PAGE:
Most cinematic superhero runs tend to come in trilogies, which makes it somewhat of a mystery why we never got a third Kick-Ass film after the 2010 original and its 2013 sequel.
Kick-Ass 2 wasn’t as well received as Kick-Ass, but the sequel still doubled its budget at the box office, and there’s still surely an appetite among fans for more R-rated action from Aaron Taylor-Johnson’s titular vigilante, the combustive Hit-Girl (Chloë Grace Moretz) and company. The most common school of thought is that director and franchise keymaster Matthew Vaughn simply tends to be sequel-averse, though he has made three Kingsman movies. (Vaughn produced by did not direct Kick-Ass 2.)
In a new interview with Yahoo Entertainment promoting her return to action in Amazon’s buzzy sci-fi series The Peripheral, Moretz weighs in on why we never got a threequel in the franchise that made her a star — and how there still might be a chance we see one.
“I think we were all really gung-ho for Matt Vaughn to come and do it, and I think that’s what we were all aiming for as a cast,” says Moretz, joined by her Peripheral costar Jack Reynor. “And so I think if the stars align, there’s a potentiality for a third one.”
I talked to Chloë Grace Moretz about why there was never a Kick-Ass 3. She says it's still a possibility.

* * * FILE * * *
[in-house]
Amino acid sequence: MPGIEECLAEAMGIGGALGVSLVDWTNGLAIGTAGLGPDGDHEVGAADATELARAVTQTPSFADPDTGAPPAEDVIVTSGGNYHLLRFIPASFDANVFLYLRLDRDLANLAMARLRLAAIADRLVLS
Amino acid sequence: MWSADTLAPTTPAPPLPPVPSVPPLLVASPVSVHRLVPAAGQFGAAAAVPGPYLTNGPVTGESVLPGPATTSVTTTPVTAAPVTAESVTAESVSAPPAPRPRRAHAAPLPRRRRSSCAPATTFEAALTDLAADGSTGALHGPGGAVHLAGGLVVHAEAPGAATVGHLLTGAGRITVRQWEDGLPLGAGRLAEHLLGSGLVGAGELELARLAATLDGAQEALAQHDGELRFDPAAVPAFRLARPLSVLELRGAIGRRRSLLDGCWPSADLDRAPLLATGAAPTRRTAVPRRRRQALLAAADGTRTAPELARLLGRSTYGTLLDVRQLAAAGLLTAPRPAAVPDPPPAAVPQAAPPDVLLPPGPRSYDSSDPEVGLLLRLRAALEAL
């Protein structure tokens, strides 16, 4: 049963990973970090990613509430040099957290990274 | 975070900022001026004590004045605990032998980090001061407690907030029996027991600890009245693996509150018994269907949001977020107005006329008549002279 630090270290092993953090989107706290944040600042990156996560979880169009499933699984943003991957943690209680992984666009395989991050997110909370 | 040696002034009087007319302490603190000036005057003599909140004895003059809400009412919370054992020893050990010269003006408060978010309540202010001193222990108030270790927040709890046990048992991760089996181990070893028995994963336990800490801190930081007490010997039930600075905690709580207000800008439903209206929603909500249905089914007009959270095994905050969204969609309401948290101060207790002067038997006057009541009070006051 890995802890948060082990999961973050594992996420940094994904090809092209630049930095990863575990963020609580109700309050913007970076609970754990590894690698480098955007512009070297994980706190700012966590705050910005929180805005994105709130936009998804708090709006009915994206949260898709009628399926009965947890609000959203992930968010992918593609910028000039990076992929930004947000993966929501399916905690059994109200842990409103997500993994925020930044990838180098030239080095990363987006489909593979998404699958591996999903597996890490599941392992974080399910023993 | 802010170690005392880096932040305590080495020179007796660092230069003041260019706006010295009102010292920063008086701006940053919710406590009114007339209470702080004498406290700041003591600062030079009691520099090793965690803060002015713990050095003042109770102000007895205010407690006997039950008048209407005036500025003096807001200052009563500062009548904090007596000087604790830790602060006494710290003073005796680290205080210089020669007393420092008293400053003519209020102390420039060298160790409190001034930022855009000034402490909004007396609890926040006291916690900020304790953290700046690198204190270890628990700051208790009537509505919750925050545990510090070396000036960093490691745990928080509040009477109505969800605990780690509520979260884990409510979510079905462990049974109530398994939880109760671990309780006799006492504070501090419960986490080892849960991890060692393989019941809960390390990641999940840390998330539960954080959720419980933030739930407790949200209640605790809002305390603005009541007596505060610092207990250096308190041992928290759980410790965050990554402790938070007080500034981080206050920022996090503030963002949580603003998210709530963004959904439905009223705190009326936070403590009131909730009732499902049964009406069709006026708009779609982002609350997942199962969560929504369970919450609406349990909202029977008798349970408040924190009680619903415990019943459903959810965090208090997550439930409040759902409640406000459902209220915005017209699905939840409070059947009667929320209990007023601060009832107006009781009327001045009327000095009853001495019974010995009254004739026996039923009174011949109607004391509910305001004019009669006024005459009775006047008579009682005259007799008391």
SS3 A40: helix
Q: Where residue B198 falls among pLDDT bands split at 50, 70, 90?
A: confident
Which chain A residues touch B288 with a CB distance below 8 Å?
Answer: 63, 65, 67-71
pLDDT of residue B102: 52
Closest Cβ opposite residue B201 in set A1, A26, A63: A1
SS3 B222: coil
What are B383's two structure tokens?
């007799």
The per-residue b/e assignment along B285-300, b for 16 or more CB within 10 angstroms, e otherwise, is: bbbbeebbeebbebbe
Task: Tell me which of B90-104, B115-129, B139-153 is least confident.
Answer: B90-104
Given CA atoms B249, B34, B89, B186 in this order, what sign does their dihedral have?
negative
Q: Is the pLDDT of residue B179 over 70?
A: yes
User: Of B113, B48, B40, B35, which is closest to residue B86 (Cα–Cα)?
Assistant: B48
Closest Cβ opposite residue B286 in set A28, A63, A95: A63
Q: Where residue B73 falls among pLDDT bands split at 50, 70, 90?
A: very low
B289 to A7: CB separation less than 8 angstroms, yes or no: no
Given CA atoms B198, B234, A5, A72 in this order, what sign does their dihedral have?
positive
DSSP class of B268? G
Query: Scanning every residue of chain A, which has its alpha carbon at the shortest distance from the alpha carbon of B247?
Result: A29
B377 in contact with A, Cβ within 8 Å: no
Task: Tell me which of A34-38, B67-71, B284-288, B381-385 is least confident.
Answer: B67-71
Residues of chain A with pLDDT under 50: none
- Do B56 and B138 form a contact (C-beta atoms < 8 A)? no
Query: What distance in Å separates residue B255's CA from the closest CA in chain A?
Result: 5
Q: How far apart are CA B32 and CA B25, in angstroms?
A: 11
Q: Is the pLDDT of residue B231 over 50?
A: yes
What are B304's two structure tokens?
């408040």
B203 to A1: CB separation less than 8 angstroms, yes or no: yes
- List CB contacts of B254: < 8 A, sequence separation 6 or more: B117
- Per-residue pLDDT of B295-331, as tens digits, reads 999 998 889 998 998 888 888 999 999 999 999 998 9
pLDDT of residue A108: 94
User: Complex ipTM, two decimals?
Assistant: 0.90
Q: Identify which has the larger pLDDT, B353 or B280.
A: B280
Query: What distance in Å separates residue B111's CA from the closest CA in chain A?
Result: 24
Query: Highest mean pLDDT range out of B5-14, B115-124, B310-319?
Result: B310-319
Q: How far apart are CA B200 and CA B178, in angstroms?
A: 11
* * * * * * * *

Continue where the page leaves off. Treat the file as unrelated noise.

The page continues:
"I think if the stars align there’s a potentiality for a third one... But I think it’s up to Matthew Vaughn and it’s up to whether or not he wants to dive into it." pic.twitter.com/p6Jb5BqtIA
— Kevin Polowy (@djkevlar) October 17, 2022
The actress thinks the recent success of another hyper-violent comic book franchise, the Ryan Reynolds-lead Deadpool series, proves there’s a marketplace for Kick-Ass.
“It’s interesting to see the character of Deadpool and that whole worldscape, because I feel like it’s so similar to the Hit-Girl world in the sense that I could see that kind of trajectory for a Kick-Ass 3, if there was gonna be one, and how fun it would be if we were able to integrate it.
“But I think it’s up to Matthew Vaughn, and it’s up to whether or not he wants to dive into it, and if it was the right grouping of minds behind it," she says. "I think is the real key."
It’d be especially interesting to see how the series handles Moretz’s famously precocious killer as an adult.
“Just being able to see Hit-Girl grown up, and to delve into her psyche, would be super interesting,” says Moretz, who was 12 when she filmed the first Kick-Ass — and is now 25.
So should she even still be called Hit-Girl? Hit-Woman, possibly?
“Hit-Lady,” Moretz laughs. “Hit-Big Girl. Or just Big Girl.”
The Peripheral premieres Oct. 21 on Amazon.
Watch the trailer: